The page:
A Balanced Diet

How to ensure you’re eating enough of each food group

“Balanced diet” has become a buzz phrase, with many “experts” promoting their own version of it but few people understanding exactly what it means. Essentially, what the term balanced diet refers to is a regular eating regimen comprised of a range of healthy foods. This includes fresh fruits and vegetables, meats, grains, dairy products and even some oils and fats.

The Elements of a Balanced Diet

A balanced diet must contain all of the following elements, and (here’s the kicker) they must be in the right proportions:

  • Carbohydrates. These serve as your body’s main source of energy. Most carbohydrate intake comes from starches like bread, rice, pasta and potatoes. You also get some of your carbohydrates from sugar.
  • Fats. Fats also provide energy and contain certain vitamins. Stored underneath your skin, fats help to keep you warm.
  • Fiber. This is essential for your intestines to function properly. The body cannot digest fiber; its value is that it helps to “push” food through your digestive tract.
  • Mineral Salts. Needed for healthy and strong muscles and bones, essential minerals include calcium, iron and sodium.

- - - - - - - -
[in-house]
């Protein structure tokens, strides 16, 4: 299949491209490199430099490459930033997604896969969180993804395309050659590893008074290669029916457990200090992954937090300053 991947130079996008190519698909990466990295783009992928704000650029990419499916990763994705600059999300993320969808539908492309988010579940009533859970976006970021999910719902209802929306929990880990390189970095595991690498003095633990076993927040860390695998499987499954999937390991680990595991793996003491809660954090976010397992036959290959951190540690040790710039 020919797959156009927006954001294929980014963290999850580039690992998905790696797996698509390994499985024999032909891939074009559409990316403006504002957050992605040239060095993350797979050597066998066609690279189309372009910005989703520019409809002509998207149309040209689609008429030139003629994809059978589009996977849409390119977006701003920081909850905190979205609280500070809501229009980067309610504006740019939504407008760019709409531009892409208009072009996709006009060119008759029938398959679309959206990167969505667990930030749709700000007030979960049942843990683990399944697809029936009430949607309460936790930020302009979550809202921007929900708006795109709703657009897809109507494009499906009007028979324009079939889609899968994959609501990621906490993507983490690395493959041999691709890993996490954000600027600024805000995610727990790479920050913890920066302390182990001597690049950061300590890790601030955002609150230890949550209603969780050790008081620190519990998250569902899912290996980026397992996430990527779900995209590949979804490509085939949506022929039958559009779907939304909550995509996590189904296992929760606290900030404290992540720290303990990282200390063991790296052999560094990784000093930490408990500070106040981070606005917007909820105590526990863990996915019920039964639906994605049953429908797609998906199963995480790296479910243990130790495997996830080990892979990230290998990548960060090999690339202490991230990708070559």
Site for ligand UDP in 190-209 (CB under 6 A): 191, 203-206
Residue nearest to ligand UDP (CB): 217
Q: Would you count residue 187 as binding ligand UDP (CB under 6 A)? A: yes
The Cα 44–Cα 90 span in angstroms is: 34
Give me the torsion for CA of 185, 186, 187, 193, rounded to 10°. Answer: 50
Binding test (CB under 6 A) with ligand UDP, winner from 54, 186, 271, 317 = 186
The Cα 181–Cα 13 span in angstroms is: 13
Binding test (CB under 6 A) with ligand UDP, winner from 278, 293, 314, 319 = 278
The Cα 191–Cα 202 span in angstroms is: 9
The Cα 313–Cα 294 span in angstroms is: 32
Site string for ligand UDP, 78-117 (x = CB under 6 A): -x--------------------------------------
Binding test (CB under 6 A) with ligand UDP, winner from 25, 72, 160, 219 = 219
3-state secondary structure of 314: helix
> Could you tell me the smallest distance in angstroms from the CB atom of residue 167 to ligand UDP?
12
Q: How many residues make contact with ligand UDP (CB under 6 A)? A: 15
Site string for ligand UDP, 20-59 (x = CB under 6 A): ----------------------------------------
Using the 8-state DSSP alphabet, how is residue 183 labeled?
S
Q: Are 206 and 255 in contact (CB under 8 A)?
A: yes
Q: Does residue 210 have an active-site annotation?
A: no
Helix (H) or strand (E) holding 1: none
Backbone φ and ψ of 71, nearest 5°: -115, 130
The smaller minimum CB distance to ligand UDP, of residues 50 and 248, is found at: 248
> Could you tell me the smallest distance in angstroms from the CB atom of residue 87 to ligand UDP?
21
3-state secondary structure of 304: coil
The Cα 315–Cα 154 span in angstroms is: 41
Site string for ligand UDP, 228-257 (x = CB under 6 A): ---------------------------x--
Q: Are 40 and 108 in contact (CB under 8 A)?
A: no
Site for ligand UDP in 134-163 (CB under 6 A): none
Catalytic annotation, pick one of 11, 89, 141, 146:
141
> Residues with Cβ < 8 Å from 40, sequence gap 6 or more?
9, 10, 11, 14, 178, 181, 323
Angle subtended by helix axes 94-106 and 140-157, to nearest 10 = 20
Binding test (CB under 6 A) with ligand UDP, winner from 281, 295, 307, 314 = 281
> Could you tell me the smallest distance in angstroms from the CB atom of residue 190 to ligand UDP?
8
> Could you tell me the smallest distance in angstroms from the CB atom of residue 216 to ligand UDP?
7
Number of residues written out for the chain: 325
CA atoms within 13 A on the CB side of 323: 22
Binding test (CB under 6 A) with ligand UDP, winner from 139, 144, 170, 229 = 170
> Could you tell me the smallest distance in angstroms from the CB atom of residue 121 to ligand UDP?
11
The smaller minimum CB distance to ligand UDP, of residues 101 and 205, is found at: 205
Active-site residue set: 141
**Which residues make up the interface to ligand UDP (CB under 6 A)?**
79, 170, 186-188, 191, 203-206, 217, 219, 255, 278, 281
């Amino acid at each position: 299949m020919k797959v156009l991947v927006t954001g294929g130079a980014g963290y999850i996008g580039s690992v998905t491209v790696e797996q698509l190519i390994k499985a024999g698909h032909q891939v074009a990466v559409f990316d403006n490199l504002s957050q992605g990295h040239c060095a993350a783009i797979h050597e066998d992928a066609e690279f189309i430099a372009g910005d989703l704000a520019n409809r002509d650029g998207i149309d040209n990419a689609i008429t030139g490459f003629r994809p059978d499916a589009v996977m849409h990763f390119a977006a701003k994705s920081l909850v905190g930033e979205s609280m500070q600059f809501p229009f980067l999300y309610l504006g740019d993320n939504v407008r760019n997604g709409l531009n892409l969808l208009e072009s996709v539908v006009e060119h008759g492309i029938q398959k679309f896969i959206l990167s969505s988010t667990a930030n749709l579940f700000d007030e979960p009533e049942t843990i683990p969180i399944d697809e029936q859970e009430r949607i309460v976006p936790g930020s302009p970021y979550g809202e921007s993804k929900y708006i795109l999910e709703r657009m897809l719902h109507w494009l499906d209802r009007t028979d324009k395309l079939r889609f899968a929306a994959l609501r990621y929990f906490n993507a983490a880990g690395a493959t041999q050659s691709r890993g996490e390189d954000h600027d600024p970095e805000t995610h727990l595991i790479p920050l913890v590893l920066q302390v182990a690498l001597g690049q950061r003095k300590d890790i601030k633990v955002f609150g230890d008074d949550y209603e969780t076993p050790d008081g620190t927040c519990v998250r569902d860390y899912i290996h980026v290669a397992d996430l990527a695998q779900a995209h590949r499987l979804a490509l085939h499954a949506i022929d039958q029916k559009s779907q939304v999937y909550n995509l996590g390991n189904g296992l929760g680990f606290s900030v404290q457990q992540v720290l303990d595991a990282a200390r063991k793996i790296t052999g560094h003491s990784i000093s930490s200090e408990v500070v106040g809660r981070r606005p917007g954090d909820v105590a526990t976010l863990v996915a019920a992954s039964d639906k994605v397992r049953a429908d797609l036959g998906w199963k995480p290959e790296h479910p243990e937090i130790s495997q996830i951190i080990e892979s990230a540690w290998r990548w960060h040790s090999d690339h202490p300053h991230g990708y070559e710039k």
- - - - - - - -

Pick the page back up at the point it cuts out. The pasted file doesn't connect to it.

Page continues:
• Proteins. Proteins give your body the resources it needs to grow and repair itself. Your body turns the proteins you ingest into amino-acids so that they are soluble by your blood.
  • Vitamins. These are vital for overall health. You only require a very small amount of each individual vitamin. But if you don’t get what you need, it can make you sick.

The Food Group Pyramid

You probably remember learning about the pyramid of food groups in your elementary school days. It had the bread and grains group, the fruits and vegetables group, the milk and dairy group and the infamous meat, fish and alternatives group (does anyone really know what an “alternative” is?). Though it has been modified over the years, the philosophy behind the food pyramid is still relevant today, and it can be a helpful tool for balancing your diet.

An active college student should try to eat according to the following table:

Bread and Grains

  • 5 to 12 servings per day
  • 1 serving = 1 piece of bread or 30 grams of cereal
  • 2 servings = 1 bagel or 1 cup of pasta

Fruits and Vegetables

  • 5 to 10 servings per day
  • 1 serving = 1 piece of fruit or ½ cup of frozen vegetables
  • A glass of fruit juice counts as a serving

Milk and Dairy

  • 2 to 4 servings per day
  • 1 serving = 1 cup of milk, 1 yogurt cup or 2 pieces of cheese

Meat, Fish and Alternatives

  • 2 to 3 servings per day
  • 1 serving = a 2-to-4-ounce piece of meat, ⅓ cup of tofu, 2 tablespoons of peanut butter or ½ cup of legumes

Visit http://www.mypyramid.gov to generate your own personalized food pyramid.

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